Warren Berlinger, long a familiar, cherubic face on TV, the stage and in the movies — and an actor beloved by his peers — died Wednesday at Henry Mayo Newhall Hospital in Valencia, California. He was 83.
His daughter confirmed his death, but did not provide a cause.
Born in Brooklyn on August 31, 1937, Berlinger worked in entertainment from childhood, including a stint in the original 1946 production of Annie Get Your Gun with Ethel Merman (1908-1984), and appearing on The Howdy Doody Show in the early '50s.
His primary work, initially, was on Broadway. Berlinger and his future wife, actress Betty Lou Keim (1938-2010), starred in A Roomful of Roses (1955), reprising their performances in the big-screen adaptation, Teenage Rebel (1956), which served as his movie debut.
He also appeared in the controversial, abortion-themed stage hit Blue Denim (1958) with Carol Lynley (1942-2019), and both appeared in the 1959 movie version.
Other stage highlights included Happy Time (1951) on Broadway; playing Buddy Backer in Broadway's Come Blow Your Horn (1961); and starring as J. Pierrepont Finch in How to Succeed in Business Without Really Trying in London for two years (1963-1965), the latter of which he identified as his all-time favorite role and experience as an actor. "We were the talk of the town," he fondly recalled in 2019.
He took his final Broadway bows in A Broadway Musical (1978) at the Lunt-Fontanne Theatre.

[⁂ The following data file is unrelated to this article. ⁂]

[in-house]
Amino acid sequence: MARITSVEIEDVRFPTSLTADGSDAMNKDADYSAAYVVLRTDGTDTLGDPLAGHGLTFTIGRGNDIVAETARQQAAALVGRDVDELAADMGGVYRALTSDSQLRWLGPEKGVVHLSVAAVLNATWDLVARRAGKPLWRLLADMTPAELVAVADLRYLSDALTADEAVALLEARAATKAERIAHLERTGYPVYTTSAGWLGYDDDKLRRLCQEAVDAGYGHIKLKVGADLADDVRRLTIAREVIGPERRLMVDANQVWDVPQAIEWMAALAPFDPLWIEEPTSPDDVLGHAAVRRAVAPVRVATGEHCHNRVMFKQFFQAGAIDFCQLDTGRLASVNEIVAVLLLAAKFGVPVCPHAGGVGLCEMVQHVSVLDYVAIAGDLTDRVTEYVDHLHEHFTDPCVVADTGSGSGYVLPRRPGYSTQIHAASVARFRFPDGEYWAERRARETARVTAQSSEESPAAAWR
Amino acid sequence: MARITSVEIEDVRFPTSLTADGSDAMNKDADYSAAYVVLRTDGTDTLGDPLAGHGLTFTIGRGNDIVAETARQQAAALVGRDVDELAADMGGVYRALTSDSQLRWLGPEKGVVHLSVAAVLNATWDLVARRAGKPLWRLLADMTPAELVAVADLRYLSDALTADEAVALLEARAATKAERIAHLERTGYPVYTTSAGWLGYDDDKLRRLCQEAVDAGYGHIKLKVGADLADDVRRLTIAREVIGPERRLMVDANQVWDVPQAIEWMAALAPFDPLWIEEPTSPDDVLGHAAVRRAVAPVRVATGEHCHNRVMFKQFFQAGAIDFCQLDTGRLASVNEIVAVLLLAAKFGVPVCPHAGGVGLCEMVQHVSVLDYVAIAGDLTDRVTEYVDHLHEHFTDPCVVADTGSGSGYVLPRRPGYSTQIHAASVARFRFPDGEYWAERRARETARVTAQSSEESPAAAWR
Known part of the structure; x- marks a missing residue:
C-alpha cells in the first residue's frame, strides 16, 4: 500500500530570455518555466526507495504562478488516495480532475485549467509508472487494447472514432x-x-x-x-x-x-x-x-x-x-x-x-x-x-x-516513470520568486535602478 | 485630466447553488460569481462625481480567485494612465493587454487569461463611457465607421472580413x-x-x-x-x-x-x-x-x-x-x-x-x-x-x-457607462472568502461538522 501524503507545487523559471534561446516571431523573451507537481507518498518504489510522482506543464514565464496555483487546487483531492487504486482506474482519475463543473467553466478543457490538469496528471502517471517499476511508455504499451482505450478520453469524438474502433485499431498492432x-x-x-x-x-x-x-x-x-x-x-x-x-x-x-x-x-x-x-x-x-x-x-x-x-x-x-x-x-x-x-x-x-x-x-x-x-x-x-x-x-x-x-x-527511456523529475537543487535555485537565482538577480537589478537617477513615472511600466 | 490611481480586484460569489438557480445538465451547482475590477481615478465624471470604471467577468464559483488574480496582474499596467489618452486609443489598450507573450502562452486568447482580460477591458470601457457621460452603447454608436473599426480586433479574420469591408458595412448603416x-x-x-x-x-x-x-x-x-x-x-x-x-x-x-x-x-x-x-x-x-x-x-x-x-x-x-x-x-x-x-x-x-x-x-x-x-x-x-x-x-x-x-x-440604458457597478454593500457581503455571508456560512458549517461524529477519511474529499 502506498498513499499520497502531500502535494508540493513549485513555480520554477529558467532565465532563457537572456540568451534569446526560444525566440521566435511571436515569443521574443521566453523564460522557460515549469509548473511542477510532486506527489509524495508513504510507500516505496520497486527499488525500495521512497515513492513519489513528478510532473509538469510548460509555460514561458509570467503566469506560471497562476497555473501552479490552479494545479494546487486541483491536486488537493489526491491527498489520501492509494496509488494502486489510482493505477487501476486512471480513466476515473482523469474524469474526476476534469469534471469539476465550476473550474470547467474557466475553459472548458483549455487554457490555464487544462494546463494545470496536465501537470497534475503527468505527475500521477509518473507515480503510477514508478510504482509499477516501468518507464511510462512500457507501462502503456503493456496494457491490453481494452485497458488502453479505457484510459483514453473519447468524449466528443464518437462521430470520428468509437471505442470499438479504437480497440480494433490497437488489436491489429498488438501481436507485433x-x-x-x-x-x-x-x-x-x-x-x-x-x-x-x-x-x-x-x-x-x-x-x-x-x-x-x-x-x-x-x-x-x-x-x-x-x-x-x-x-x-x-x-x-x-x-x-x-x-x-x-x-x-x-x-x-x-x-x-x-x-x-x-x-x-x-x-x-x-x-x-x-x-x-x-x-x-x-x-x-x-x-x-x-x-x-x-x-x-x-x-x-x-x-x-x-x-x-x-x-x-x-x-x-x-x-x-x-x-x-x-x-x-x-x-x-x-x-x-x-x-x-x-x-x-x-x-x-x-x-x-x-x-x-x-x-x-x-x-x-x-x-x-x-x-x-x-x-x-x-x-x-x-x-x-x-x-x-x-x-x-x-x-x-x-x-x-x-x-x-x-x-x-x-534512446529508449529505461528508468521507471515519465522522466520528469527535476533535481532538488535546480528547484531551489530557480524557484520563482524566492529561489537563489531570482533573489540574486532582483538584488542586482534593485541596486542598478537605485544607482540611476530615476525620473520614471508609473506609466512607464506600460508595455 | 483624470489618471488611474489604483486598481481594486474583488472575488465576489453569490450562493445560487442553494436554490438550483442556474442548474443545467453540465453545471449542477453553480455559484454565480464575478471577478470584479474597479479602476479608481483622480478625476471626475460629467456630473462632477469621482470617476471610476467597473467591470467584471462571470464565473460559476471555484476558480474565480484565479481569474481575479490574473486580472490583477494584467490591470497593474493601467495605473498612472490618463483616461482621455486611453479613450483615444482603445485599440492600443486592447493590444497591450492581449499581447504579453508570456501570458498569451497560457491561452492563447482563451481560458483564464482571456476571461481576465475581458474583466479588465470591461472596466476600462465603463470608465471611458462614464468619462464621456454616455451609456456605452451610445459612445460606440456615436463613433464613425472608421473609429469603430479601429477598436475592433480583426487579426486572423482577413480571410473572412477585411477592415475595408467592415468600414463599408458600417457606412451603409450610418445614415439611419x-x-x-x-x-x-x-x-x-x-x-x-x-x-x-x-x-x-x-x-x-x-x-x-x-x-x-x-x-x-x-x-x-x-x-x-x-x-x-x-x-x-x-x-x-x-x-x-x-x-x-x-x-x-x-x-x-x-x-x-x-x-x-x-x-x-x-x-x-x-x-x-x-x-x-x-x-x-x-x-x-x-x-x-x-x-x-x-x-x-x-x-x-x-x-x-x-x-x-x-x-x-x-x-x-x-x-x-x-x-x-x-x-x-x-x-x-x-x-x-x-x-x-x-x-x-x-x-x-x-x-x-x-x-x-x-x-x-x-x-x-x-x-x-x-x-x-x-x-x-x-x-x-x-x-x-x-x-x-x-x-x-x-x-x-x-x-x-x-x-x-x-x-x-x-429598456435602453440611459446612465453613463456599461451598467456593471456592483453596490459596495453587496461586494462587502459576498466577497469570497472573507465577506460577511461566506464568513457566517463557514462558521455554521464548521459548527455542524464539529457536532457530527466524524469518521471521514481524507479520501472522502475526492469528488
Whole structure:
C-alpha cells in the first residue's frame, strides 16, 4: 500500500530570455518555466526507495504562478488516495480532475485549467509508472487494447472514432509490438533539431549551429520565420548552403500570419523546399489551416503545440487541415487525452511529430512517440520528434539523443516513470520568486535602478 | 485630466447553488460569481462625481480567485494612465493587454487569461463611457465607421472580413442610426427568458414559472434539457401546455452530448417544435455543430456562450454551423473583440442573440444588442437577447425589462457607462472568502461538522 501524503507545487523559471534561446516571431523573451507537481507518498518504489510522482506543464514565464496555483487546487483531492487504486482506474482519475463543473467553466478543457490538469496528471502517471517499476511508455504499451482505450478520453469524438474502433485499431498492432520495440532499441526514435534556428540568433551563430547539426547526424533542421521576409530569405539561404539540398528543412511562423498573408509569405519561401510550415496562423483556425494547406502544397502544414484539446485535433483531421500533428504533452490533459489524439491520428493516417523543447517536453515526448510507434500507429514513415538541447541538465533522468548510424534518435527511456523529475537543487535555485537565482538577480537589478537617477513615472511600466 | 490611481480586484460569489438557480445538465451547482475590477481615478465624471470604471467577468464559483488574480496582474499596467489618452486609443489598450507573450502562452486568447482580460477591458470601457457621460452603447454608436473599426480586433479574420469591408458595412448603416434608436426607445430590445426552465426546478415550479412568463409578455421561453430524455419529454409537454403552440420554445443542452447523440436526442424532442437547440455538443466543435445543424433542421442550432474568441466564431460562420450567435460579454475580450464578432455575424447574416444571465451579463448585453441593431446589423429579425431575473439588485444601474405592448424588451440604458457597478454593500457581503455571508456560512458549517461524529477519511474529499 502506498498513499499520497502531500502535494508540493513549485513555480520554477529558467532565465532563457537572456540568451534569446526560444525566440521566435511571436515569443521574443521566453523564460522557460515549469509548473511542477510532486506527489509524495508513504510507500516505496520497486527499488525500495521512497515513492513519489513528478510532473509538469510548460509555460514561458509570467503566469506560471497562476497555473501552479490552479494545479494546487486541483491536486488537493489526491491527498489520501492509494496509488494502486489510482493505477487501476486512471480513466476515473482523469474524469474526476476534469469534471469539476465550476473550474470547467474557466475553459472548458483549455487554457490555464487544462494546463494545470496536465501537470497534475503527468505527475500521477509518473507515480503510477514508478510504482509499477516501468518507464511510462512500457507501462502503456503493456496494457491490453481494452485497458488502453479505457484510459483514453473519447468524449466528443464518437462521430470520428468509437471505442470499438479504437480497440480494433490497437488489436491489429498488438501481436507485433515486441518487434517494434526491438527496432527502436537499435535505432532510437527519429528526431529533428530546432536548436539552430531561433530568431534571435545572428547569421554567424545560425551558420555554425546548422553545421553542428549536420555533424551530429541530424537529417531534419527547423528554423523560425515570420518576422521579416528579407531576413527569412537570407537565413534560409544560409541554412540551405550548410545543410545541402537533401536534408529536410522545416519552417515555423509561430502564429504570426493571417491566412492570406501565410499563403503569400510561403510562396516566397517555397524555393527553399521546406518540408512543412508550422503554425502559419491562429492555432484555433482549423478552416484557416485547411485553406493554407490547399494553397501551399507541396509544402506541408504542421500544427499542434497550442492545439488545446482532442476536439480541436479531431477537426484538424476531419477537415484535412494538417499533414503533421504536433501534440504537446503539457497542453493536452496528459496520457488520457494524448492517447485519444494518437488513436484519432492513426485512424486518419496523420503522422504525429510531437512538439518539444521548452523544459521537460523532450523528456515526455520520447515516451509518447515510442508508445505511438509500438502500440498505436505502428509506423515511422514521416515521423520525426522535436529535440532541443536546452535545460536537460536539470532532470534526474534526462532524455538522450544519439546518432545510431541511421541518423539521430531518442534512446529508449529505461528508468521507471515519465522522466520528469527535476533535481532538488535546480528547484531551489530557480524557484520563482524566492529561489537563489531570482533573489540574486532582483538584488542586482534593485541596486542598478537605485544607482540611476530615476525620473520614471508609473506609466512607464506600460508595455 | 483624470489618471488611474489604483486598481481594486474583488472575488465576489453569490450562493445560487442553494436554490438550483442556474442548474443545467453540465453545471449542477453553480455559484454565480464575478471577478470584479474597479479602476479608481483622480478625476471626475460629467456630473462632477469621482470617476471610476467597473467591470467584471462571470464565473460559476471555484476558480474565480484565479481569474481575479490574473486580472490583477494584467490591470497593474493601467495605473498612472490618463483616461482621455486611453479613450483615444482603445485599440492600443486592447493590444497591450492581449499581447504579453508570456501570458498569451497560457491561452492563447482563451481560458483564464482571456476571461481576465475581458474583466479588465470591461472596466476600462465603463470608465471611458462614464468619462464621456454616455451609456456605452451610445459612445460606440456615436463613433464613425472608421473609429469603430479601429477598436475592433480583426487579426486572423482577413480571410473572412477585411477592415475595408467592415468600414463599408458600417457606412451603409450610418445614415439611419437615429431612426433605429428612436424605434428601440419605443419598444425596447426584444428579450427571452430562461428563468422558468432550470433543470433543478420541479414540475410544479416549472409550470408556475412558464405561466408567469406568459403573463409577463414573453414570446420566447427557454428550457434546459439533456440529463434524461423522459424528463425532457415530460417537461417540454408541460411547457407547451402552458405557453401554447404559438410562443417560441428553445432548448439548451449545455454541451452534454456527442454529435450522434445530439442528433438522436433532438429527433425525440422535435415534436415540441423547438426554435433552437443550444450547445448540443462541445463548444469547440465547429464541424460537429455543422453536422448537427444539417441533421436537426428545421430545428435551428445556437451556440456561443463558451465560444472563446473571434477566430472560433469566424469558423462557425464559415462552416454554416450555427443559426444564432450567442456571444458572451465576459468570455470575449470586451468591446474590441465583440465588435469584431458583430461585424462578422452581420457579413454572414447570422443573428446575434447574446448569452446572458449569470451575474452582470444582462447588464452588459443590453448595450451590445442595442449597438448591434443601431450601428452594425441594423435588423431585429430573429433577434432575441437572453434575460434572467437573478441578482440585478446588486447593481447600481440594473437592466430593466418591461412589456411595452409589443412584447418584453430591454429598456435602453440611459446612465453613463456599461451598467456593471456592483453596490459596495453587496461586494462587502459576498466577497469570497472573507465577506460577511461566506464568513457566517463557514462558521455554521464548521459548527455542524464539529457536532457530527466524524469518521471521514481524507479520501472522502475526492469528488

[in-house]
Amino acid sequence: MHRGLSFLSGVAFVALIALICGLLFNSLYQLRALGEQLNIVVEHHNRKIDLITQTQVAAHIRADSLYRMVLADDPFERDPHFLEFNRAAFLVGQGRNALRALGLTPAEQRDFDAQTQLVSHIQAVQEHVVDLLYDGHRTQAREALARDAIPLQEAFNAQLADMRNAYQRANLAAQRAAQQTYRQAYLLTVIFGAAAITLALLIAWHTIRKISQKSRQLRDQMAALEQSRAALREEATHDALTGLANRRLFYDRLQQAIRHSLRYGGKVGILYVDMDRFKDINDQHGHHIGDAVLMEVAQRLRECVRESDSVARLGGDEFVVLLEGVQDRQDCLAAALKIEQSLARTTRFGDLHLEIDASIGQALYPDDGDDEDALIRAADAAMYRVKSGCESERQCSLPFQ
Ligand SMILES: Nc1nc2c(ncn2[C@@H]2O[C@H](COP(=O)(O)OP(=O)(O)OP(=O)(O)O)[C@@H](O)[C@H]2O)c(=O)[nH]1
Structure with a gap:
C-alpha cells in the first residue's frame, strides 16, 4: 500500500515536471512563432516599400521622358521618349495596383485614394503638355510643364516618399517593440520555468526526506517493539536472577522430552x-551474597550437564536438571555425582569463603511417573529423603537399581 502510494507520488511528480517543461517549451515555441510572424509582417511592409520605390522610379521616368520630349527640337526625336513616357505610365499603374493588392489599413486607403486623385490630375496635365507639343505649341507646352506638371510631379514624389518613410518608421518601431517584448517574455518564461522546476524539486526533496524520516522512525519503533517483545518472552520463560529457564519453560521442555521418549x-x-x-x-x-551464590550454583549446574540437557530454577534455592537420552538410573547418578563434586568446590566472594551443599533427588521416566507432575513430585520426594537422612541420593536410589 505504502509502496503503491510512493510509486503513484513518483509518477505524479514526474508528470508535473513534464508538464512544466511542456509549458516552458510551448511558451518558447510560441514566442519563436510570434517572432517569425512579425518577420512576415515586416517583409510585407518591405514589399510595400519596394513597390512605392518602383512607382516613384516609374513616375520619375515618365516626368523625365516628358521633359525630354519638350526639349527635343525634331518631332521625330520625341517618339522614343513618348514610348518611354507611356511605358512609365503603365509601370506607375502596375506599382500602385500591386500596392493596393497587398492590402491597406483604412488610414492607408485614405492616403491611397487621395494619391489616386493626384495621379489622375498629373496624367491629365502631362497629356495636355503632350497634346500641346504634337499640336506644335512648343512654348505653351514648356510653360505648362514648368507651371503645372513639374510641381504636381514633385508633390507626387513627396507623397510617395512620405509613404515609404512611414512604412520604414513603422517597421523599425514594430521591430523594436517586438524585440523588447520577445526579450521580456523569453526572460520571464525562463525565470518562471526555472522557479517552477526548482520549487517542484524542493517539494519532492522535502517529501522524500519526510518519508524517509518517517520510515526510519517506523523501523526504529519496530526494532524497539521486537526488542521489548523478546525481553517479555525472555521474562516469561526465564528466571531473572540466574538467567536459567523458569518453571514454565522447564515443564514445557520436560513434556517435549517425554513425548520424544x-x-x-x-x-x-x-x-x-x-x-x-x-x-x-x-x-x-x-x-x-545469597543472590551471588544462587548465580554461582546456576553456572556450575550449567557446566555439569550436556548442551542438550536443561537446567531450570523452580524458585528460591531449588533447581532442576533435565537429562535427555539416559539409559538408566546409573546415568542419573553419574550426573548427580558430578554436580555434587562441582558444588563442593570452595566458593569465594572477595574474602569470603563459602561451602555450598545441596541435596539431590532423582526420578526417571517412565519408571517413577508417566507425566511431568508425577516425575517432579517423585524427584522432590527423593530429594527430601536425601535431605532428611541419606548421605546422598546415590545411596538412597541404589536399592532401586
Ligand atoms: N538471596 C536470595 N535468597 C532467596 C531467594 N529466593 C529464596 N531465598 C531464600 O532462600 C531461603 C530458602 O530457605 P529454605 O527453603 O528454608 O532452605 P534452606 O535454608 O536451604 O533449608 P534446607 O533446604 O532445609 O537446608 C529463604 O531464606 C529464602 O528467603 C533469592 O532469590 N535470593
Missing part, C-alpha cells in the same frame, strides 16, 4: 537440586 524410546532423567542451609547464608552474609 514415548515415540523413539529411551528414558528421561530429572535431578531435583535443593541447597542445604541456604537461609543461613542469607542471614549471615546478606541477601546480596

In the movies, Berlinger's boyish quality was put to good use in such films as The Wackiest Ship in the Army (1960), Because They're Young (1960), Billie (1965), the Elvis (1935-1977) vehicle Spinout (1966) and Thunder Alley (1967), with later features including The Long Goodbye (1973), The Shaggy D.A. (1976), The World According to Garp (1982), Going Bananas (1987), Hero (1992) and That Thing You Do! (1996).
Perhaps his most famous movie role was in the star-studded romp The Cannonball Run (1981), in which he shared a motorcycle with Bert Convy (1933-1991).
On TV, Berlinger was a regular on The Joey Bishop Show (1961-1962), playing the comic's (1918-2007) kid brother. He co-starred with Marlo Thomas (b. 1937) during his run, and later appeared on two episodes of her series That Girl (1967 & 1970). He was also a regular on Bracken's World (1969-1970), A Touch of Grace (1973), made seven appearances on Love, American Style (1970-1973), was an Operation Petticoat (1978-1979) regular and recurred on Too Close for Comfort (1982-1986).
His dozens of TV appearances included such diverse and popular fare as The Secret Storm (1955), The Goldbergs (1956), Johnny Staccato (1960), The Magical World of Disney (1965), Gunsmoke (1967), The Courtship of Eddie's Father (1969), Emergency! (1973 & 1975), Blansky's Beauties (1977), The Love Boat (1979), The Misadventures of Sheriff Lobo (1979), The Dukes of Hazzard (1979), Charlie's Angels (1977 & 1980), Alice (1977 & 1980), Happy Days (five appearances, 1975-1981), CHiPs (three appearances, 1978-1981), It's a Living (1981), Dynasty (1981), Laverne & Shirley (1982), Charles in Charge (1985), The Jeffersons (1985), The A-Team (1985), Riptide (1986), Murder, She Wrote (three appearances, 1985-1989), Columbo (1991), Picket Fences (1992), Friends (1996), and his final episodic-TV appearance, Grace and Frankie (2016).
Berlinger was also a staple of TV movies, including the cult classic The Girl Most Likely To ... (1973).
In his later years, Berlinger was an active member of SAG, including serving on its National Board, and continued to work in show biz, including directing a local production of Lend Me a Tenor in 2018.
Berlinger was preceded in death by his wife of 50 years in 2010. He is survived by four children, eight grandchildren and one great-grandchild.
In perhaps one of Berlinger's final interviews, conducted by a fan at the Hollywood Show late last year, Berlinger — in entertainment since 1946 — was excited about three upcoming projects: